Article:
Ms. Sorlien spent her early career moving quickly among the top ranks of American violinists. Ms. Sorlien, who was born and raised in Fargo, N.D., was the child of two music teachers and very devoted to the violin.
"Not a day passed when she did not practice four hours a day," said her brother, Brent Sorlien.
While at Fargo High School, she studied violin on a scholarship through the University of Minnesota with virtuoso Rafael Durian.
Every Friday, she boarded a bus in Fargo for a five-hour, 250-mile trip to Minneapolis to study with Durian, her brother said. "She took the same five-hour bus trip home each Sunday," he added.
Mrs. Sorlien received her bachelor's degree in music from Curtis Institute of Music in 1955 and also studied violin at William and Mary College in Williamsburg, Va.
In 1955, she married William dePasquale, assistant concertmaster of the Philadelphia Orchestra. The couple met at the Curtis Institute of Music. From 1958 to 1960, he played in the Navy Band while she played with the National Symphony Orchestra in Washington. The marriage ended in 1975. DePasquale is still with the Philadelphia Orchestra.
A recipient of a Fulbright Scholarship in 1957, Ms. Sorlien studied in Salzburg, Austria, for one year before moving back to the States, where she played with the New Orleans Philharmonic until 1958.
Before joining the Philadelphia Orchestra in 1963, she played with the Santa Fe Opera Orchestra for several years. Ms. Sorlien also was a founding member of the Bowdoin College Chamber players in Brunswick, Maine.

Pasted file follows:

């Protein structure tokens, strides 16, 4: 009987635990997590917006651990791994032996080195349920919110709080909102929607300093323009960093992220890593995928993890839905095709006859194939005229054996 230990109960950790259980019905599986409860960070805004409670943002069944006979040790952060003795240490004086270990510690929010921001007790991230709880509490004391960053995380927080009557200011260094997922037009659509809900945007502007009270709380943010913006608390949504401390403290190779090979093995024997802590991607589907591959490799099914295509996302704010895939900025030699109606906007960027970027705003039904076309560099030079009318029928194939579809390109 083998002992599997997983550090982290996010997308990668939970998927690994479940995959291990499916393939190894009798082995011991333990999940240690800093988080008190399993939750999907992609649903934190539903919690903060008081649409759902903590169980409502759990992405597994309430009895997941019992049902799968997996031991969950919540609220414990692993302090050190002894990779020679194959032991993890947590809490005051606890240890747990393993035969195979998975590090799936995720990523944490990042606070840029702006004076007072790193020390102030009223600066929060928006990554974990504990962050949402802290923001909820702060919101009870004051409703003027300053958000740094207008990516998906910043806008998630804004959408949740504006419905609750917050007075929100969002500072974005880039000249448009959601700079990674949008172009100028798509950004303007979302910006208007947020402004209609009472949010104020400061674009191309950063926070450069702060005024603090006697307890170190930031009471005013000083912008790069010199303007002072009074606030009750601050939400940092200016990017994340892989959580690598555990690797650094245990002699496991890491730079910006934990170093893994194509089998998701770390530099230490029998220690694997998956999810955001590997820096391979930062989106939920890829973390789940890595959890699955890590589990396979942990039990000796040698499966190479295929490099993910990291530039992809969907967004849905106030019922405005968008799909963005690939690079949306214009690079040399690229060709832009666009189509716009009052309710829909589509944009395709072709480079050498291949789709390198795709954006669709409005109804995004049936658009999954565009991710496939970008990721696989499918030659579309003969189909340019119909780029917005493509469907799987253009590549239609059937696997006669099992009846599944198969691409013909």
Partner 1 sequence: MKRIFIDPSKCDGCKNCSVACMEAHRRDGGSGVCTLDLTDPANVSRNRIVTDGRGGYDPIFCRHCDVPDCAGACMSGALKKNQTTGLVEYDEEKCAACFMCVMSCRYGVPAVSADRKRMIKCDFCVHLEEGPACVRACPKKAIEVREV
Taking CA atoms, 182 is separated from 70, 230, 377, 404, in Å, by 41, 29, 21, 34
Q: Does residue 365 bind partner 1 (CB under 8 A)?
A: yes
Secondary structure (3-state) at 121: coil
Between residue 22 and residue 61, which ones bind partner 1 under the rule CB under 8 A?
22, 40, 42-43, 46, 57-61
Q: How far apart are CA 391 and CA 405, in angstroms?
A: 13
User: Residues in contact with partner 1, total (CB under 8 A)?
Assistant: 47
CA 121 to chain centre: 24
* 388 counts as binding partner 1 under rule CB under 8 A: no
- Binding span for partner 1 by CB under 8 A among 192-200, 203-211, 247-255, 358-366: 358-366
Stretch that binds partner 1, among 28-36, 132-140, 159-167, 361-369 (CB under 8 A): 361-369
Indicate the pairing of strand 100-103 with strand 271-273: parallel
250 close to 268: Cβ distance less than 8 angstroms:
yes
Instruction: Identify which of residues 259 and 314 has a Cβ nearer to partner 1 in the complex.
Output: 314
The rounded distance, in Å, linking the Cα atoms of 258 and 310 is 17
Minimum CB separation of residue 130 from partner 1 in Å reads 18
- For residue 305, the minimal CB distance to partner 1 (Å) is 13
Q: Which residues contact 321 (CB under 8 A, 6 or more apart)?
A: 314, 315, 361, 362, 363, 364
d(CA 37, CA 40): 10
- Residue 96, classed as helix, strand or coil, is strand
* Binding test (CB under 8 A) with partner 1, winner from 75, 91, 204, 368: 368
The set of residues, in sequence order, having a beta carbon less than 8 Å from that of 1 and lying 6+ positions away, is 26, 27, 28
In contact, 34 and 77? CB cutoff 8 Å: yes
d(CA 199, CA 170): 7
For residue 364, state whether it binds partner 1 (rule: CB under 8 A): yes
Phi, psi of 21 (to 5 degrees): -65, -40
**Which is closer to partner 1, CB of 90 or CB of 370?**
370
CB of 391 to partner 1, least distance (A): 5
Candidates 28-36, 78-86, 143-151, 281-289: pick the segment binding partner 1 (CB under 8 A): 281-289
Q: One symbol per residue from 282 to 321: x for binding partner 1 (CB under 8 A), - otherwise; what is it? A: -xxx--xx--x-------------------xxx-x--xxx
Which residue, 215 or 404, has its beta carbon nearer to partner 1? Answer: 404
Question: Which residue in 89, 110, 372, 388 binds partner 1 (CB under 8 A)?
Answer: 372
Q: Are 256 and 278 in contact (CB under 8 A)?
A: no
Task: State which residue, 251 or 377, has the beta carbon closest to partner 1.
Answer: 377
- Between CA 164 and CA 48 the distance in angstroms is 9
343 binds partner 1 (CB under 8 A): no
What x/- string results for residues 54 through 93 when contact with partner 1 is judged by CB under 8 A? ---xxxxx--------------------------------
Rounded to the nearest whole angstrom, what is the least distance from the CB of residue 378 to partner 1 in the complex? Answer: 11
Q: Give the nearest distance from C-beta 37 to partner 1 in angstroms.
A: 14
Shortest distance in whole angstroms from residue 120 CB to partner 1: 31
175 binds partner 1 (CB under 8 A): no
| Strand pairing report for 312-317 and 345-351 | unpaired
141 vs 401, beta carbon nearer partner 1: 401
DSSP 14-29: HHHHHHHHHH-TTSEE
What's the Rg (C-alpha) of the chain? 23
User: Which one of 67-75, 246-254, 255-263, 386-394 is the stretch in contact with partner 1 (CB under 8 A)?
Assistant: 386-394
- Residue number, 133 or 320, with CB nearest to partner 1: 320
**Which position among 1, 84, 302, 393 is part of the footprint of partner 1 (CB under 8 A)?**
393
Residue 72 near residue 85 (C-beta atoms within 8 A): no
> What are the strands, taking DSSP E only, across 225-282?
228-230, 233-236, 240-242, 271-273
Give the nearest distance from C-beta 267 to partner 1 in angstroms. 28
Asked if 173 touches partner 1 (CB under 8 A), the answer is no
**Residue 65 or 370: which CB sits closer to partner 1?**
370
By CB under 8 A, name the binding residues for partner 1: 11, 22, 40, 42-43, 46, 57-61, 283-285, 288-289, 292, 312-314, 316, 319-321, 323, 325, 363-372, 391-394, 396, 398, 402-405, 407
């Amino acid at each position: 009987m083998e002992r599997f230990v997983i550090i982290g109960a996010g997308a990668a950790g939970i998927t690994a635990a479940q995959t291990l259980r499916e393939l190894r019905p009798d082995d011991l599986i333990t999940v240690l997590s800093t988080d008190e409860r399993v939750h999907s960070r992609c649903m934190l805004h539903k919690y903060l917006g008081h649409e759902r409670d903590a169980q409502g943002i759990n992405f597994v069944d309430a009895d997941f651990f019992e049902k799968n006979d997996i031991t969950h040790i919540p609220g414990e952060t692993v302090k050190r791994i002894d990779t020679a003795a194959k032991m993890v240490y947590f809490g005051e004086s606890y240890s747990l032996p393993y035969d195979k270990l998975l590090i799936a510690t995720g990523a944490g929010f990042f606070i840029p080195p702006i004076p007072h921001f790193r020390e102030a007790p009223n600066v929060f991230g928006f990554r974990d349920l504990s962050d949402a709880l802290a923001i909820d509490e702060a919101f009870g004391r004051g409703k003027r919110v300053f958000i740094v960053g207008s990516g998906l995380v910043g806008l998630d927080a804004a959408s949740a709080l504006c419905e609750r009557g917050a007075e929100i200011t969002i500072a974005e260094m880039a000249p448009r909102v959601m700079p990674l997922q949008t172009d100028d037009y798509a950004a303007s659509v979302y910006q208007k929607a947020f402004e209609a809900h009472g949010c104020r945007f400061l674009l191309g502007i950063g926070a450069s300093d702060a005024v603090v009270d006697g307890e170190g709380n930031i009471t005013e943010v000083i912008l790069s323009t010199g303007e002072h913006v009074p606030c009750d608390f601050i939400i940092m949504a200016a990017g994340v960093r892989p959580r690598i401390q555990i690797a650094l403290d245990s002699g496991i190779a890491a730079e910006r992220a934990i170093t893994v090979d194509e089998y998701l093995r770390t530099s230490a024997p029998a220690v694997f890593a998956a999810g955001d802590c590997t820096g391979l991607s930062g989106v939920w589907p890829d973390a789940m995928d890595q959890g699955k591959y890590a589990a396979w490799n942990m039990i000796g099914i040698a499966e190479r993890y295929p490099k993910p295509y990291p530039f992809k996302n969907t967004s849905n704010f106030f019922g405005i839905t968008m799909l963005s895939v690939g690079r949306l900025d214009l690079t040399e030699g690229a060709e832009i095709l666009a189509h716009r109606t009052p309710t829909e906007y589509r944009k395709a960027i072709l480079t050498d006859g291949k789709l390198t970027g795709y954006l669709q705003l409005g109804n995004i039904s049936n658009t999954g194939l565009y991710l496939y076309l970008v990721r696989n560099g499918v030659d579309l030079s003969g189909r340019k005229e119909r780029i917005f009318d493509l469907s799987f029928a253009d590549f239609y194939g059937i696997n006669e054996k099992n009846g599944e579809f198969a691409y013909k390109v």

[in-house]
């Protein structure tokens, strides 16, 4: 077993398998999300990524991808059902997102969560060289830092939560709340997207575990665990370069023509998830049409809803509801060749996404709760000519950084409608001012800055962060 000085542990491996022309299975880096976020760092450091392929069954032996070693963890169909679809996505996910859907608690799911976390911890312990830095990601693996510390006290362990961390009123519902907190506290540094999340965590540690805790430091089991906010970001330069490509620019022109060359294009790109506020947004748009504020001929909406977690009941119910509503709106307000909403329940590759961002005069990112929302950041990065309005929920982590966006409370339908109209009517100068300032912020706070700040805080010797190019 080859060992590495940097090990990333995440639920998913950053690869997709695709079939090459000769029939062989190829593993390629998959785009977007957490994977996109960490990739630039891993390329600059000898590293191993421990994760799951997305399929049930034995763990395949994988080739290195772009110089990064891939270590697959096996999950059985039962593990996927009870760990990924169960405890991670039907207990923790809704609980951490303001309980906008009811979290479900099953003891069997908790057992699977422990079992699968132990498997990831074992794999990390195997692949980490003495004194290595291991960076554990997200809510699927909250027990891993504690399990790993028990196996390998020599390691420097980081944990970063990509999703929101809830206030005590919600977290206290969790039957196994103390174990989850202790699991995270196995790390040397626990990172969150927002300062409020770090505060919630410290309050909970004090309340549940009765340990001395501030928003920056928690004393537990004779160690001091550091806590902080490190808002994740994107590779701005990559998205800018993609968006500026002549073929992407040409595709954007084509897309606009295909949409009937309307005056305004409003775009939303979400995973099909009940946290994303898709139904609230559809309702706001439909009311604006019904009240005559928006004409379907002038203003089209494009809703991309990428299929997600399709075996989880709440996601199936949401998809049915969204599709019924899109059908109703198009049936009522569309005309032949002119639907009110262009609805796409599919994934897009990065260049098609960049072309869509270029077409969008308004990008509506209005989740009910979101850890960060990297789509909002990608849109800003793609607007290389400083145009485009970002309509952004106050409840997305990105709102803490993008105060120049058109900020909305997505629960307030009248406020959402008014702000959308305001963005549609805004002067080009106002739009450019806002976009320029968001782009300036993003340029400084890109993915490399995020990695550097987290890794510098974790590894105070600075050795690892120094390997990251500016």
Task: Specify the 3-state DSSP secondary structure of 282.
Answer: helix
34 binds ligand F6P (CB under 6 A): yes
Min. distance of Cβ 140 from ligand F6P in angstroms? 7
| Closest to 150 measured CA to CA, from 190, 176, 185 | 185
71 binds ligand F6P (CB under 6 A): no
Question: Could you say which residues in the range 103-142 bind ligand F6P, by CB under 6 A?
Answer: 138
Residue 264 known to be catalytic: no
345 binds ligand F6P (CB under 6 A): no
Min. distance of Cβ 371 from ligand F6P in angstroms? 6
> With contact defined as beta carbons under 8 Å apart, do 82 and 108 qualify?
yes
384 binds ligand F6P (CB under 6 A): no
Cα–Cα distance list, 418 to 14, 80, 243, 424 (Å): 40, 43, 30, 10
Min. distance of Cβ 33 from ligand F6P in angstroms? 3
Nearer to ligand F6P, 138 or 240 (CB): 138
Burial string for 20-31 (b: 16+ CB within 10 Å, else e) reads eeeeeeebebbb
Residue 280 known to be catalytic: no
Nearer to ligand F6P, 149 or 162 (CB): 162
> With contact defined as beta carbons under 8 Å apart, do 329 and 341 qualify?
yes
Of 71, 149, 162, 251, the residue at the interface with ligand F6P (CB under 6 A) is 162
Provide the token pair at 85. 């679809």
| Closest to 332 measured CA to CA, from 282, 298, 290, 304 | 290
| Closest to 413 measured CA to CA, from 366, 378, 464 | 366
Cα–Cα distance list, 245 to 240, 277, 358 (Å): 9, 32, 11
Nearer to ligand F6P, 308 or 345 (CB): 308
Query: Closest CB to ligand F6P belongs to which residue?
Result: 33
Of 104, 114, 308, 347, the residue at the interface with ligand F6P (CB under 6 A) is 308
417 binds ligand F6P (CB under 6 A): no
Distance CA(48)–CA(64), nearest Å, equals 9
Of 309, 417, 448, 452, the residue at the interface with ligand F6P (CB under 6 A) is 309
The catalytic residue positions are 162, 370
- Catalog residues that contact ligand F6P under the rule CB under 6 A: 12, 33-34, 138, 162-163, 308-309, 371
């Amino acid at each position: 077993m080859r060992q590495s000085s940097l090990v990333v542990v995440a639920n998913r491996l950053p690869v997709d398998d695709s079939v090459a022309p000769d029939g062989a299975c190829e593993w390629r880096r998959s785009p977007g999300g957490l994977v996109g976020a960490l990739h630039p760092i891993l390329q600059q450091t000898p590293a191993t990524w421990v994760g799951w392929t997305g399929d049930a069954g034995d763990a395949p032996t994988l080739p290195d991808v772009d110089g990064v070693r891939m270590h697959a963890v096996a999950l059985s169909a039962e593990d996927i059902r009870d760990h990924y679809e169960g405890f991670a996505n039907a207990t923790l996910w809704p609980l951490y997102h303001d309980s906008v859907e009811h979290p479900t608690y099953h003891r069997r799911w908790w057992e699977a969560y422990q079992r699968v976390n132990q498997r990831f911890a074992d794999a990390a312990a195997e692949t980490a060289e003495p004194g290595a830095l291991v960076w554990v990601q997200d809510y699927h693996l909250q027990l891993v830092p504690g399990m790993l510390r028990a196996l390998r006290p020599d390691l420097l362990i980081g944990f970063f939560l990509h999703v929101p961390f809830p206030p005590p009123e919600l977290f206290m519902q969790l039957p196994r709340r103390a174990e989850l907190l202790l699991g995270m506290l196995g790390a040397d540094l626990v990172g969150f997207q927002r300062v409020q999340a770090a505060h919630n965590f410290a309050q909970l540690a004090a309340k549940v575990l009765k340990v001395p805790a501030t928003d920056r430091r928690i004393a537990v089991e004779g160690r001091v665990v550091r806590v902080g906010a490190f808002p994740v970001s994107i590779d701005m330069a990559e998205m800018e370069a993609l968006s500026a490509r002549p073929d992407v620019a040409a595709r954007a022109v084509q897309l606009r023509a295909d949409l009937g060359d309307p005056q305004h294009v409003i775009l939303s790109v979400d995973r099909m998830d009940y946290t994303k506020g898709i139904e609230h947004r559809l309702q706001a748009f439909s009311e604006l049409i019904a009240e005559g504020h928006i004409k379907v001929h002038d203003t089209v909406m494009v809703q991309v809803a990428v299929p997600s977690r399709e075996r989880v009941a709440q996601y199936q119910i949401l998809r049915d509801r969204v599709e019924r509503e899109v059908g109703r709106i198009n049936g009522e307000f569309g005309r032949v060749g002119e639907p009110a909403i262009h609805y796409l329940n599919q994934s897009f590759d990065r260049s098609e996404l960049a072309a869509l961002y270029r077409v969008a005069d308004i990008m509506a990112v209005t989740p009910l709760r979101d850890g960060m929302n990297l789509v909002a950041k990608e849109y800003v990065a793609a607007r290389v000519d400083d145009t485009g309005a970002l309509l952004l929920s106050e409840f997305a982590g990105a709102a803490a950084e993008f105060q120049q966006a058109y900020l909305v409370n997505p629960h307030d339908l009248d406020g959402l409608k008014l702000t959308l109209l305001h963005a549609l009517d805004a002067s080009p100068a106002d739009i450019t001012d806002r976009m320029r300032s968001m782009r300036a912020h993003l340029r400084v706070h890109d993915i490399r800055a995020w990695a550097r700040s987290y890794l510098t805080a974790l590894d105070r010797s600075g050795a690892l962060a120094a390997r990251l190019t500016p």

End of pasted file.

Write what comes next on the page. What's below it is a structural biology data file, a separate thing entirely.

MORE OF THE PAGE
Ms. Sorlien retired from the Philadelphia Orchestra in 1999 due to declining health. During the years she traveled to perform, Ms. Sorlien, like the other musicians, rubbed elbows and partied with the elite in cities all over the world, including "with the Queen Mother when she was in England," her brother said.
Bob Fitzpatrick, dean of the Curtis Institute, said: "Barbara will be greatly missed. She was a true friend of the Curtis School of Music and contributed her generosity to many events. She made a significant contribution to the musical life of Philadelphia as a first violinist with the Philadelphia Orchestra."
Among the many awards she won during her career was the Heifetz Award at Berkshire Music Center in Tanglewood in the early 1970s.
In addition to her brother, Ms. Sorlien is survived by her former husband and numerous nieces and nephews.
The date for a memorial service in Philadelphia has not yet been determined. Burial in Riverside Mausoleum in Fargo will be private.
Memorial donations may be sent to the Curtis Institute of Music, 1726 Locust St., Philadelphia 19103.
Contact staff writer Gayle Ronan Sims at 215-854-4185 or email@example.com.